Or in terms a capitalist should appreciate: does the investment in children's nutrition have a positive return? If food benefits are reduced through sequester or legislation, is there negative impact on children? Or is it one more item we can cut from the federal budget with no harm?
Yesterday I wrote about food stamps, or SNAP (Supplemental Nutrition Assistance Program.) It's easy to see that at the individual level, the benefit can make all the difference in an individual's health and well-being. Even at an average benefit per person of only $4.45 per day, that can determine whether a person eats or does not eat. It is more difficult to prove the benefits of the nation's investment in the program, from the standpoint of societal well-being.
For an adult, food insecurity may create transitory problems. But childhood hunger and food insecurity can have a lifelong impact due to their greater vulnerability.
How prevalent is childhood food insecurity? From Feeding America:
- 16.7 million children lived in food insecure households in 2011.[i]
- 20% or more of the child population in 36 states and D.C. lived in food insecure households in 2010. The District of Columbia (30.7%) and Oregon (29.0%) had the highest rates of children in households without consistent access to food.[ii]
- In 2010, the top five states with the highest rate of food insecure children under 18 are the District of Columbia, Oregon, Arizona, New Mexico, & Florida.[iii]
- In 2010, the top five states with the lowest rate of food insecure children under 18 are North Dakota, New Hampshire, Virginia, Minnesota, & Massachusetts. [iv]
[references at the linked website]
Good nutrition early in life helps create a foundation for health, education, and later economic viability. The lack of high-quality food can have negative impacts on all these areas. According to the American Psychological Association,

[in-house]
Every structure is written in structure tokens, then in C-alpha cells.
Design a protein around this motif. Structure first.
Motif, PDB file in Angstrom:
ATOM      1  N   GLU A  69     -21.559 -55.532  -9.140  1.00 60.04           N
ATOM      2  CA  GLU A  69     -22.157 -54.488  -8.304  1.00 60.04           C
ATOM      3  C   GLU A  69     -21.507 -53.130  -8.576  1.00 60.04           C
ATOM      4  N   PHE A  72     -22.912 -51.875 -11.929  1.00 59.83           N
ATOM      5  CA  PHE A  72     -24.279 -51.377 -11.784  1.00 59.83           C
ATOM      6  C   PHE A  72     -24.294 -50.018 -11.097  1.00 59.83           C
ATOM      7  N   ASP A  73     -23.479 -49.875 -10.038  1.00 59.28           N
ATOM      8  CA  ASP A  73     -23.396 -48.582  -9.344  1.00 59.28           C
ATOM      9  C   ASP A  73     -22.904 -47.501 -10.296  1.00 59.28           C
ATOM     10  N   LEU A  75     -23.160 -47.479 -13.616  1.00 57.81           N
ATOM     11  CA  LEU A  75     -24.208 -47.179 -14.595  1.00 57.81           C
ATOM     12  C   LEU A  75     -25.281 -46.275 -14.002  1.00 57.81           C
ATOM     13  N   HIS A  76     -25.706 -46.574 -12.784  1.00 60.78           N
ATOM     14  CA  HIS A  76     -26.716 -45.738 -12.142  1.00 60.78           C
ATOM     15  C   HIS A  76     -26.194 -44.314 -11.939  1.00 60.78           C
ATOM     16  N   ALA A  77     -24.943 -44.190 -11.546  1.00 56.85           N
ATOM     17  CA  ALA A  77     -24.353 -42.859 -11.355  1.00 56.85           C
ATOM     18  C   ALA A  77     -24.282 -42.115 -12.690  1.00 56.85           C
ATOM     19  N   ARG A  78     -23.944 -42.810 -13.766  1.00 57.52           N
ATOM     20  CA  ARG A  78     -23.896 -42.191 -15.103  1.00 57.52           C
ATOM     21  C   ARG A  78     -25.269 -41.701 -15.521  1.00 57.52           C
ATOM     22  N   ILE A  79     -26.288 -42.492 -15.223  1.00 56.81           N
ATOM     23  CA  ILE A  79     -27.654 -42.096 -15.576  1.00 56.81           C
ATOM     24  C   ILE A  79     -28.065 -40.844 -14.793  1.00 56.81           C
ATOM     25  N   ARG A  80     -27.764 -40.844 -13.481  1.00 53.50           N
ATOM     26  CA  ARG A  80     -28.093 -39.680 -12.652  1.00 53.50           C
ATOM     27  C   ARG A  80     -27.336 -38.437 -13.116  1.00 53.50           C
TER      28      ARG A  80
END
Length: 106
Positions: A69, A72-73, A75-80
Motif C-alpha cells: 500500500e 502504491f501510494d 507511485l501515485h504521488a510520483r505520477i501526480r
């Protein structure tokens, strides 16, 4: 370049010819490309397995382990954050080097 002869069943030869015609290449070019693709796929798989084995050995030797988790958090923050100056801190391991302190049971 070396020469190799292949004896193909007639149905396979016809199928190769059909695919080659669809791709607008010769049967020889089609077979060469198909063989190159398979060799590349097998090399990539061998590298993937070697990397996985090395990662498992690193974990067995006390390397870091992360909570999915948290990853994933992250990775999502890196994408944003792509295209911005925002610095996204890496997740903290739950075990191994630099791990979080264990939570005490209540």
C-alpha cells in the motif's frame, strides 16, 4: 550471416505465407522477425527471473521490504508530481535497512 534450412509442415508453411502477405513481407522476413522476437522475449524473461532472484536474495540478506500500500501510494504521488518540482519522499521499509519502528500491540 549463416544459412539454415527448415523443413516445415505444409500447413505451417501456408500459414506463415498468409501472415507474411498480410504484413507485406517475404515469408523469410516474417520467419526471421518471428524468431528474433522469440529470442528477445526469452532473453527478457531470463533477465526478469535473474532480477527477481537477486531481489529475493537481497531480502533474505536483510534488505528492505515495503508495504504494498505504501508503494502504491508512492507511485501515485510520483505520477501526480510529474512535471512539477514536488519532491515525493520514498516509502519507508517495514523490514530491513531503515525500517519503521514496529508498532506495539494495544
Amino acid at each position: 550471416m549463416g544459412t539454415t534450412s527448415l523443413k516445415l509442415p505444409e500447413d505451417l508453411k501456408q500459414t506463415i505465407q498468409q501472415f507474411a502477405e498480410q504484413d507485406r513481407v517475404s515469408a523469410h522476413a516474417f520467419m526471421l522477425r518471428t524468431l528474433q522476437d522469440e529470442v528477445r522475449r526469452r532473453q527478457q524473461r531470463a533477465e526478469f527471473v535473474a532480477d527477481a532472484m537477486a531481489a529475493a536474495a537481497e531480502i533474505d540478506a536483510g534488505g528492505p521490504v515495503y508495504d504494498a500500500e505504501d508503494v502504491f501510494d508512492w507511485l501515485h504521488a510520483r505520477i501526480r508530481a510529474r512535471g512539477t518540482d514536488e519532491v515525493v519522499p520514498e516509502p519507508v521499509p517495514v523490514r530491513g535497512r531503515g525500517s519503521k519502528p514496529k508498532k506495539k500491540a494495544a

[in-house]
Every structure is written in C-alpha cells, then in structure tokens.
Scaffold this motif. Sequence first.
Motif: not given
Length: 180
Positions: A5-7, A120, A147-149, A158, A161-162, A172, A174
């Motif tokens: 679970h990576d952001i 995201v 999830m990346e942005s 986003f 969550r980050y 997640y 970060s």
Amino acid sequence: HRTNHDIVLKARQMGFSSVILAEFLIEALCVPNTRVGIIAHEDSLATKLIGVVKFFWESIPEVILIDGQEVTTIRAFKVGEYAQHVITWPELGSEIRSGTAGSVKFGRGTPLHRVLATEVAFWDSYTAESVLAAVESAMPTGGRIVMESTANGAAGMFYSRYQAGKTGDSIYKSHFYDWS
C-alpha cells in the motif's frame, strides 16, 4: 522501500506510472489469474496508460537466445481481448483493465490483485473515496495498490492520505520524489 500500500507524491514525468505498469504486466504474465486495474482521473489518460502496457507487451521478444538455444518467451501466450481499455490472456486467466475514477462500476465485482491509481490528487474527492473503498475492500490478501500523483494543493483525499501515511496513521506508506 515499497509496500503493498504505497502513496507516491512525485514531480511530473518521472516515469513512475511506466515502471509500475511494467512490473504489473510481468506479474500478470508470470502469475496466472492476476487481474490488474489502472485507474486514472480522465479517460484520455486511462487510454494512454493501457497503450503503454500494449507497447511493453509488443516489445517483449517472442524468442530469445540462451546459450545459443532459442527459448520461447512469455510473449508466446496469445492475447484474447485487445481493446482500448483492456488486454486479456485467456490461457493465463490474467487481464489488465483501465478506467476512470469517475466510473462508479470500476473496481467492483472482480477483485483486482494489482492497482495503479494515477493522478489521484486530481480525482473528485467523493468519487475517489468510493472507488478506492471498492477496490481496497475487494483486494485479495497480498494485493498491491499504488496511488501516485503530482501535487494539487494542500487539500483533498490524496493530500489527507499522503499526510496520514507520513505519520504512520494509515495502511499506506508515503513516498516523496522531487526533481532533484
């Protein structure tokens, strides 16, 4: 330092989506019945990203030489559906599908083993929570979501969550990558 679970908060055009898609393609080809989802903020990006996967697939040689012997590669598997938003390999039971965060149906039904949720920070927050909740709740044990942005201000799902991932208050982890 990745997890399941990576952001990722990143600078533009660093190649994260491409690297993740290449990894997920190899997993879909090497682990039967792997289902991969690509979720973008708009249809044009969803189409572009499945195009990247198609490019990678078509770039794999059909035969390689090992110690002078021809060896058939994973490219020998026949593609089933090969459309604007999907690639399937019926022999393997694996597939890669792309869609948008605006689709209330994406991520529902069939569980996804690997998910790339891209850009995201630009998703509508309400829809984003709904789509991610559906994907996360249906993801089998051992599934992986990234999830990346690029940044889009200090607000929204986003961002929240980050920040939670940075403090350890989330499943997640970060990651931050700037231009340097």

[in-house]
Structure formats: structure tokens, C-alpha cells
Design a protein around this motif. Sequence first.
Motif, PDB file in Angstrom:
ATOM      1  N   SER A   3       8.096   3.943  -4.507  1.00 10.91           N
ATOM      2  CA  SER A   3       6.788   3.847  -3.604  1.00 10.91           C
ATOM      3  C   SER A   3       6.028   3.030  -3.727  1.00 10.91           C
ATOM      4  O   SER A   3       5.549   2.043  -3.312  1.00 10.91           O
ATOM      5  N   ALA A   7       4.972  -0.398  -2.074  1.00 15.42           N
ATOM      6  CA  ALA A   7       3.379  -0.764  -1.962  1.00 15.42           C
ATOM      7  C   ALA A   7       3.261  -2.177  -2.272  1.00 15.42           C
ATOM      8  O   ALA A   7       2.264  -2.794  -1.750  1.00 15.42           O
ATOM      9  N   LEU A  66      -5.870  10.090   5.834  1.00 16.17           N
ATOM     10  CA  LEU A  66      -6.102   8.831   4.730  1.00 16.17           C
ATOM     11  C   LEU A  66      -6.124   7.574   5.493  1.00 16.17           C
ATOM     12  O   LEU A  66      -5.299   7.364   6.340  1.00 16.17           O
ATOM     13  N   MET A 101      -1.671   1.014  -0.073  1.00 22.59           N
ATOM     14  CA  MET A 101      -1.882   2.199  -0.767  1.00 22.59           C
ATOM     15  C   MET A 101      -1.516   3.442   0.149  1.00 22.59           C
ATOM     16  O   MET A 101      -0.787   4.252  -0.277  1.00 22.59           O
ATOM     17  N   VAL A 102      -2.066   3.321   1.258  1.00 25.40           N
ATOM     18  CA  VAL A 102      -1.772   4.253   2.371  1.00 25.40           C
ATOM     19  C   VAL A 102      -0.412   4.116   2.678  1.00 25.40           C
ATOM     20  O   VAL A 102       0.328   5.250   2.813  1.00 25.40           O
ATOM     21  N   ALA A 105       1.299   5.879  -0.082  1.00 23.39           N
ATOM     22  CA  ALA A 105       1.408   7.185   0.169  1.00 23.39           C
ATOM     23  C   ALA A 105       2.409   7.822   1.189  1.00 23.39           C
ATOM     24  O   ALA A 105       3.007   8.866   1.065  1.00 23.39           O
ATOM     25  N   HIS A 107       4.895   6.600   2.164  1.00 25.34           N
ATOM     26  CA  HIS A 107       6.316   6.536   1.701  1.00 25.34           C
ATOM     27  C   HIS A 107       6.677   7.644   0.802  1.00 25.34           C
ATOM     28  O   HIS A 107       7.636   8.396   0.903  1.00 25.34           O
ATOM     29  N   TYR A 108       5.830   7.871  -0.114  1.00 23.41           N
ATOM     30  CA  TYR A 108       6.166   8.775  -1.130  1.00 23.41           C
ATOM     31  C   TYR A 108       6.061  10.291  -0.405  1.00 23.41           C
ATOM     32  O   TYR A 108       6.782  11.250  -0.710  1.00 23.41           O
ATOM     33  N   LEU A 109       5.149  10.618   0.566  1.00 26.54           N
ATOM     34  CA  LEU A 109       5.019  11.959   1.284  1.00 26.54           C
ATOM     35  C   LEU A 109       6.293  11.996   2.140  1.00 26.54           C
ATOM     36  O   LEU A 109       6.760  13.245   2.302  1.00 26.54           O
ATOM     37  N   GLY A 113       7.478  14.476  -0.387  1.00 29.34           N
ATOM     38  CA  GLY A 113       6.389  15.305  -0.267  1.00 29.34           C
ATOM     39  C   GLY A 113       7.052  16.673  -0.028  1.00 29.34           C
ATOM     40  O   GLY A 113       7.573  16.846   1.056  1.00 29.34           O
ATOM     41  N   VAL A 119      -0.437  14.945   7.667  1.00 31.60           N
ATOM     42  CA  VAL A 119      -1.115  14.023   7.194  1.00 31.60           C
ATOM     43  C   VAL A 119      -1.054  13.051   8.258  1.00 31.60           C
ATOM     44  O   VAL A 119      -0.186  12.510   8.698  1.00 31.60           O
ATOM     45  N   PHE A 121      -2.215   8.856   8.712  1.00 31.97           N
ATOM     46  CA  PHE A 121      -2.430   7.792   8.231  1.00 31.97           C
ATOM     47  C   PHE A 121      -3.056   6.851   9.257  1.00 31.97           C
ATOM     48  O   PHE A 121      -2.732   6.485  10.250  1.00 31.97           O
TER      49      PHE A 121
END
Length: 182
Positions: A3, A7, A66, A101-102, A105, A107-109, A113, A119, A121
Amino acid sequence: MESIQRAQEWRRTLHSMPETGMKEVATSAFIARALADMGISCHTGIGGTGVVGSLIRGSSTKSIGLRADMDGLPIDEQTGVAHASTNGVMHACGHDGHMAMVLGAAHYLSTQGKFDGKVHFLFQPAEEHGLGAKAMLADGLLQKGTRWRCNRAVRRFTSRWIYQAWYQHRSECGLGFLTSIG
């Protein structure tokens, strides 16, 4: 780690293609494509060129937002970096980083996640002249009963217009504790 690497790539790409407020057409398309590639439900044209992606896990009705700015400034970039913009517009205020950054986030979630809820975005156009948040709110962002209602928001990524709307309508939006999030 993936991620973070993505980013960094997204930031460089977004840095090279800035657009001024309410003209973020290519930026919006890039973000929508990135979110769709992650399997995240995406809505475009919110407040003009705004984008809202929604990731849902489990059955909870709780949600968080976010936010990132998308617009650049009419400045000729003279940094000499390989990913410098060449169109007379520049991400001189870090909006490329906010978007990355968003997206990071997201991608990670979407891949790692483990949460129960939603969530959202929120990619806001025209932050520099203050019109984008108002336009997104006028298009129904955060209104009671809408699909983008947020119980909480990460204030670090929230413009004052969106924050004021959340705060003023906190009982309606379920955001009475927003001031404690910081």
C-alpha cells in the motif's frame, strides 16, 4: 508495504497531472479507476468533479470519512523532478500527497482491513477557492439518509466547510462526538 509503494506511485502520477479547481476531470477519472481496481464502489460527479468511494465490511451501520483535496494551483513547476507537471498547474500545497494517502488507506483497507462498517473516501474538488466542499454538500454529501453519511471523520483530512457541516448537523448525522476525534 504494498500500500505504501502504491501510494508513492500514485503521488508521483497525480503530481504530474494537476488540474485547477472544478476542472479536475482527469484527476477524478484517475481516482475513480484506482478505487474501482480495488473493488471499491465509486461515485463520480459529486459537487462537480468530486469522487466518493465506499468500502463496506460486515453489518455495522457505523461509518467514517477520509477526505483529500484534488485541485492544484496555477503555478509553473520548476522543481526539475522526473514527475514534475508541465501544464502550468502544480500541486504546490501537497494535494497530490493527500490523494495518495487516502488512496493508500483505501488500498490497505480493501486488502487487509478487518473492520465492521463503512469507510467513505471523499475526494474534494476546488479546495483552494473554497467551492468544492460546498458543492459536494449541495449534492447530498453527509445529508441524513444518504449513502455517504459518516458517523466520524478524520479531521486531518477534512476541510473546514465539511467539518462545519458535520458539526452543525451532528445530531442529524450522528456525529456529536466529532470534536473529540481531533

The first three years of a child’s life are a period of rapid brain development. Too little energy, protein, and nutrients during this sensitive period can lead to lasting deficits in cognitive, social, and emotional development. [emphasis added]
Hunger reduces a child’s motor skills, activity level, and motivation to explore the environment. Movement and exploration are important to cognitive development, and more active children elicit more stimulation and attention from their caregivers, which promotes social and emotional development.
A community sample that classified low-income children ages six to twelve as “hungry”, “at-risk for hunger”, or “not hungry” found that hungry children were significantly more likely to receive special education services, to have repeated a grade in school, and to have received mental health counseling than at-risk-for-hunger or not-hungry children.
In this same study, hungry children exhibited 7 to 12 times as many symptoms of conduct disorder (such as fighting, blaming others for problems, having trouble with a teacher, not listening to rules, stealing) than their at-risk or not-hungry peers.
The research shows the negative impact of hunger. It is harder to tease out the impact, positive or negative, of food benefits, including SNAP, WIC (Women, Infants, and Children), the National School Lunch Program and School Breakfast Program.